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An Introduction to Cyclothymia

What's cyclothymia? It's a mild form of the docs used to call "manic-depression," but which they re-name periodically. Cyclothymics can actually function decently well, and as such often don't know they've got it. If you cycle through highs and lows, are particularly artistic, or that describes someone you love, then read this post in full and please comment with your own experience. I'm still learning, myself.


Knowing the term "Cyclothymia" would have been very helpful to me a few years ago. This essay is plain English and, if I've done a good job, might help people who associate with a cyclothymic relate better to them, and might help a cyclothymic manage themselves better and produce better.

I'm against the "medical-ization" of life. We need medical terms, but we need to be able to explain things in plain English without labeling. Labeling, by definition, drastically simplifies.

Cyclothymia is simple at its roots, simple enough for a plain discussion without medicalization. Here's how it works for me -

How to Empty a Life

On The Slowing

I feel like I began my blog in medias res. I want to backtrack and talk about the process of slowing one's life. I know my last few posts have been about overshooting slow and landing on stop, but I must say that I prefer my empty, minimalist, calm - if sometimes boring - life to the hectic, weight-on-my-chest, unconscious one that I have led at times before.

First, I want to focus on the technology we allow into our lives. I've written about deleting Facebook, but I want to talk more broadly about how we communicate with one another. There are 1001 articles talking about the paradox of being simultaneously more and less connected than ever before. And while, yes, I agree, this post isn't about that. I want to charge each of us to think about the value of different kinds of communication. I deleted Facebook largely because I felt that even when I was connecting with people I normally wouldn't, the value of that connection wasn't very high. A comment left on someone's wall is quickly written, quickly appreciated, and quickly forgotten. There is a direct correlation between how much effort is put into an interaction and how much value it adds to a relationship. When you have to reach out to someone directly by making a telephone call, writing an email/handwritten letter, or even visiting in order to connect, your relationship deepens and matures accordingly. Meanwhile, a text or "like" is a forgettable action, one that doesn't make any significant impact, and yet we spend huge portions of our day dedicated to such actions.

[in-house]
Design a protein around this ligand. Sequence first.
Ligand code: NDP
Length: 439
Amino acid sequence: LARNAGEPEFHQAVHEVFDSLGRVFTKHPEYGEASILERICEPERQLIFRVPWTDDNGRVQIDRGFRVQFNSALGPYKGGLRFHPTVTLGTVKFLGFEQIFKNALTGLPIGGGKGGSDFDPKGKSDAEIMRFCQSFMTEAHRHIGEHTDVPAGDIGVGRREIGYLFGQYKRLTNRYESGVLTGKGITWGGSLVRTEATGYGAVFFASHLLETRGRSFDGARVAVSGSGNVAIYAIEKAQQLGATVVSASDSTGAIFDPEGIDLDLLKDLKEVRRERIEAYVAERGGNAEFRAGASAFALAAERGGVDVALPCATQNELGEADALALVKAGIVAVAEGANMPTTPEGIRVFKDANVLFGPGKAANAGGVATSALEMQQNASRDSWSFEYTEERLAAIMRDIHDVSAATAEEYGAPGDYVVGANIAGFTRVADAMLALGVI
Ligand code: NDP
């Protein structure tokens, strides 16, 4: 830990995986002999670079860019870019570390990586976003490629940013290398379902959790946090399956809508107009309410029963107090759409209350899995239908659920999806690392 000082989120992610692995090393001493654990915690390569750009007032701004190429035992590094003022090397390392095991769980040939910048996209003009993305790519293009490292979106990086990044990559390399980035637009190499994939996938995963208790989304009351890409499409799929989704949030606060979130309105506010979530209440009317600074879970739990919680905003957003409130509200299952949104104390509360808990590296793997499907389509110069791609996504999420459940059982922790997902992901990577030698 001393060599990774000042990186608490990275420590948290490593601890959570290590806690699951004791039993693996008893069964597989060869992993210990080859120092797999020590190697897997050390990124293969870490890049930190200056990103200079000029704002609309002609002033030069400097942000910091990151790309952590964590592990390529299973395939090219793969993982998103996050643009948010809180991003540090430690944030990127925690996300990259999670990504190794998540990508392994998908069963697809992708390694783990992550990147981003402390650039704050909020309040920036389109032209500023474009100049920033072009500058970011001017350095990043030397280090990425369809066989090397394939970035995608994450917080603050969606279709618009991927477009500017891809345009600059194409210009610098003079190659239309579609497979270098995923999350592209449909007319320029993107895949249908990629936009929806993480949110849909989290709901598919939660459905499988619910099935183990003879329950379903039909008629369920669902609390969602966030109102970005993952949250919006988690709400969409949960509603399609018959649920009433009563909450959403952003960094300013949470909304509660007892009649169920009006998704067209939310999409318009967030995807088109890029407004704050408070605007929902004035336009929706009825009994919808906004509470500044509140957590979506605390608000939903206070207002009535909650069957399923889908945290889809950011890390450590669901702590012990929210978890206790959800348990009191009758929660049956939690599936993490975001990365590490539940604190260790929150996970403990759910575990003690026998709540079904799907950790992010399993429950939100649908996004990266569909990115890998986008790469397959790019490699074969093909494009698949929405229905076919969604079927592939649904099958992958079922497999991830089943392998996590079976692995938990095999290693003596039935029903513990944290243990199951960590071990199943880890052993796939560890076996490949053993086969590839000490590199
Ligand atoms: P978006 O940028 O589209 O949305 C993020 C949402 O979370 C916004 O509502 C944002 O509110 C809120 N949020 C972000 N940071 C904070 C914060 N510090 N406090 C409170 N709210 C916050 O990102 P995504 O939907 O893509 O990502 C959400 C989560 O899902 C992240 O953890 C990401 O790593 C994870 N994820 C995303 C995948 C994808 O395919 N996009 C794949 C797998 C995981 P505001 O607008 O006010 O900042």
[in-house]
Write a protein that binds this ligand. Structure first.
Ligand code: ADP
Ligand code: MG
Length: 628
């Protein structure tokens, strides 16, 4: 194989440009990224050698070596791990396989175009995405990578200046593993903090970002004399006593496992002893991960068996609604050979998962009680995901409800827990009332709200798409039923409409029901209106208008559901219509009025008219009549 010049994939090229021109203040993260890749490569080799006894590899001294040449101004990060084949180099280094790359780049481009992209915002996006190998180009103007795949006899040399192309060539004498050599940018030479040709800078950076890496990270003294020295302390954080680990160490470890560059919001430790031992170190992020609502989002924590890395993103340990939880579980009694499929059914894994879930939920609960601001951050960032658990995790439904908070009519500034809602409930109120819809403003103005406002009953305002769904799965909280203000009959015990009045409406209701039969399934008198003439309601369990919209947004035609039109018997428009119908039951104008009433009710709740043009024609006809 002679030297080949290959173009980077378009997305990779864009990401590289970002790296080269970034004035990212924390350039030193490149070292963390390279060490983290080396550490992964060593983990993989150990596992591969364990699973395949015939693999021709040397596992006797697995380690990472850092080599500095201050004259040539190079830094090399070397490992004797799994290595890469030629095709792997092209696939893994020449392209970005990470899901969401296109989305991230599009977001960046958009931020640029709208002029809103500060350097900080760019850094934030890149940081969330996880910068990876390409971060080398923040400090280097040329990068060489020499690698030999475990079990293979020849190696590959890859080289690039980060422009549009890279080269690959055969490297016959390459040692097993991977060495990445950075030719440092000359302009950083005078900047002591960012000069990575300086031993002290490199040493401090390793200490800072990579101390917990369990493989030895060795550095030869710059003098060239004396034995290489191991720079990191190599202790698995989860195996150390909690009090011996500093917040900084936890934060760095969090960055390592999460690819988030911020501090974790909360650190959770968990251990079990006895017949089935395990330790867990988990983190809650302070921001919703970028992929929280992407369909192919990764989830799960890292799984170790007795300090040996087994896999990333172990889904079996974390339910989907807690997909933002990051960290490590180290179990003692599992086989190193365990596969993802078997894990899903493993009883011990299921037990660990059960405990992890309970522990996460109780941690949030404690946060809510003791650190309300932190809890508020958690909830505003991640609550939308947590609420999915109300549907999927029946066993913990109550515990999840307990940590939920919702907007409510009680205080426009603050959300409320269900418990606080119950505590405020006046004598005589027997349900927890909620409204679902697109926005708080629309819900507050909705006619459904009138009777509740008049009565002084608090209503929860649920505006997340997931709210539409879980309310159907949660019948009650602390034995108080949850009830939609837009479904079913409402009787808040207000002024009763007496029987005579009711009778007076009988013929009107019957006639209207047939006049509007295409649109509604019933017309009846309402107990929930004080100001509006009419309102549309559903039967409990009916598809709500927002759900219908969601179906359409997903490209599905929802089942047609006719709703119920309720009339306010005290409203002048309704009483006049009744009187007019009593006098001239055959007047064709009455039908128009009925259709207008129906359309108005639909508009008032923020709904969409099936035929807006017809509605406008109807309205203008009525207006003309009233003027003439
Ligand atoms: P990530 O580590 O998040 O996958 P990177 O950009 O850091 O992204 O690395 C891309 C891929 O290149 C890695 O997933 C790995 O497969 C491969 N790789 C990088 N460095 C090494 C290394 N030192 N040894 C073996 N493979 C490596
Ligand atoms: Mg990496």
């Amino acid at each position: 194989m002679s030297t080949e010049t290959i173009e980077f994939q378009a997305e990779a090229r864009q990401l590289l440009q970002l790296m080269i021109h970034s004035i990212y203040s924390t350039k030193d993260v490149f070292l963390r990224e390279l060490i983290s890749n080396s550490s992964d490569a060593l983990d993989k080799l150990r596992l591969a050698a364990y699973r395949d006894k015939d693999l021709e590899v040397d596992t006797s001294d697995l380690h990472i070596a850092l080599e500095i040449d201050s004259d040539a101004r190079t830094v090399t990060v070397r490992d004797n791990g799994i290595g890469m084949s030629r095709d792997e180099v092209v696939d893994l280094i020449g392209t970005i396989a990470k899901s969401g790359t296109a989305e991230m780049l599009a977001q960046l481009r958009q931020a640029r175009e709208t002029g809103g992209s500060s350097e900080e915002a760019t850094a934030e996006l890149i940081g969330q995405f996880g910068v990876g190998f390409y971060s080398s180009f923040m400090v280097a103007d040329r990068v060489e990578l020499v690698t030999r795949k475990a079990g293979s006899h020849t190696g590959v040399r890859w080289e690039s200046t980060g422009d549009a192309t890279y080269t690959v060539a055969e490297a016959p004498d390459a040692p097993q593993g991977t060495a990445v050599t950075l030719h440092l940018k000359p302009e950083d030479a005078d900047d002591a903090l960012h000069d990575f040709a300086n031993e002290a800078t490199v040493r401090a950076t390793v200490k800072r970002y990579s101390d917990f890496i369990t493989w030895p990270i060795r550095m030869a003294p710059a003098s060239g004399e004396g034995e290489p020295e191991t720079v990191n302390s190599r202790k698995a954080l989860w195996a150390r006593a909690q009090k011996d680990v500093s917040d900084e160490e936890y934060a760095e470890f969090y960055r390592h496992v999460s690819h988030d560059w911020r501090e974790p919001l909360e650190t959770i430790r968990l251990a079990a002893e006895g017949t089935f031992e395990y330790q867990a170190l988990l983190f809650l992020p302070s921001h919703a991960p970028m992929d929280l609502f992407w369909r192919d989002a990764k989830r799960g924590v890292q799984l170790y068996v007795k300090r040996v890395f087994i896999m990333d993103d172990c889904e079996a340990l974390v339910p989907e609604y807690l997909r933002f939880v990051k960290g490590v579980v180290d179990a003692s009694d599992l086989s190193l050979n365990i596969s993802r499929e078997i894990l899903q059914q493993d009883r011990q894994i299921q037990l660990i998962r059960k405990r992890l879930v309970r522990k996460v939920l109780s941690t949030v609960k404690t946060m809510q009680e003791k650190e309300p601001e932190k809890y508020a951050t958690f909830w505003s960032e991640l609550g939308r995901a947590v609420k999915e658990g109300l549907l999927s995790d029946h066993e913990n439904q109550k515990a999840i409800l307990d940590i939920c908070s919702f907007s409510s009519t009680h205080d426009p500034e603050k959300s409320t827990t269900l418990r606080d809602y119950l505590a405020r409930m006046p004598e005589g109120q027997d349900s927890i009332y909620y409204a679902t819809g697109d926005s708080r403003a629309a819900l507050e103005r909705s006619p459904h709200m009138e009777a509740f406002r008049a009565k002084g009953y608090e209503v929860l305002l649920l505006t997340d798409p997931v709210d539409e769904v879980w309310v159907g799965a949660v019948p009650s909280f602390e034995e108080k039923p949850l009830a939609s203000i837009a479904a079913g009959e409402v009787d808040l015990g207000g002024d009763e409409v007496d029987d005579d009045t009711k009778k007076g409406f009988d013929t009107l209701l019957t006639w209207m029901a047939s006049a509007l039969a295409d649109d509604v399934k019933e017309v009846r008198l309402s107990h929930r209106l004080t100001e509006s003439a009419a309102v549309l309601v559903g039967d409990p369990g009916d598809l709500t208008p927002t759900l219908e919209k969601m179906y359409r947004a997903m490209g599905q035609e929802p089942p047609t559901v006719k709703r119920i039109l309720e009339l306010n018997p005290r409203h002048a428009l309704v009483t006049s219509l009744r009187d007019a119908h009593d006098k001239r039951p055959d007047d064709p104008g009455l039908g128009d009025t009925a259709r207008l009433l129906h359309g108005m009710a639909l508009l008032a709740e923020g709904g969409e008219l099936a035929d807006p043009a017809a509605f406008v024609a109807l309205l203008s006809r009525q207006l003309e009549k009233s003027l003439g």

To meditate on this idea, I want you to join me for a challenge. For two days, let's refuse to text or connect through Facebook. More importantly, when we are in another's company, let's relish it. That means no cell phone usage while we are spending time with someone else. Let's look each other in the eye. Recognize life as the present moment right in front of us.

If we can, let's move to thinking about our everyday activities. How do you spend your day? Where do the hours go? I know before I decluttered my life, I spent a couple hours a day on Facebook, several hours watching HGTV, and probably an hour checking email. None of these things is inherently bad, I want to make clear. However, when we are thinking about "Our Life" (dun dun duuuuun), we simply mean the way we spend the hours of our days. And if we allow it, our days - and life - will slip through our fingers as we are numbing our minds with unnecessary and distracting activities. So let's bring light and brightness and clarity back to our minds. Let's examine our lives by examining our small, everyday activities.

So, ask yourself, what do I do everyday that brings me energy? What do I do everyday that tires me? How can you maximize those energizing activities and eliminate the tiring ones?

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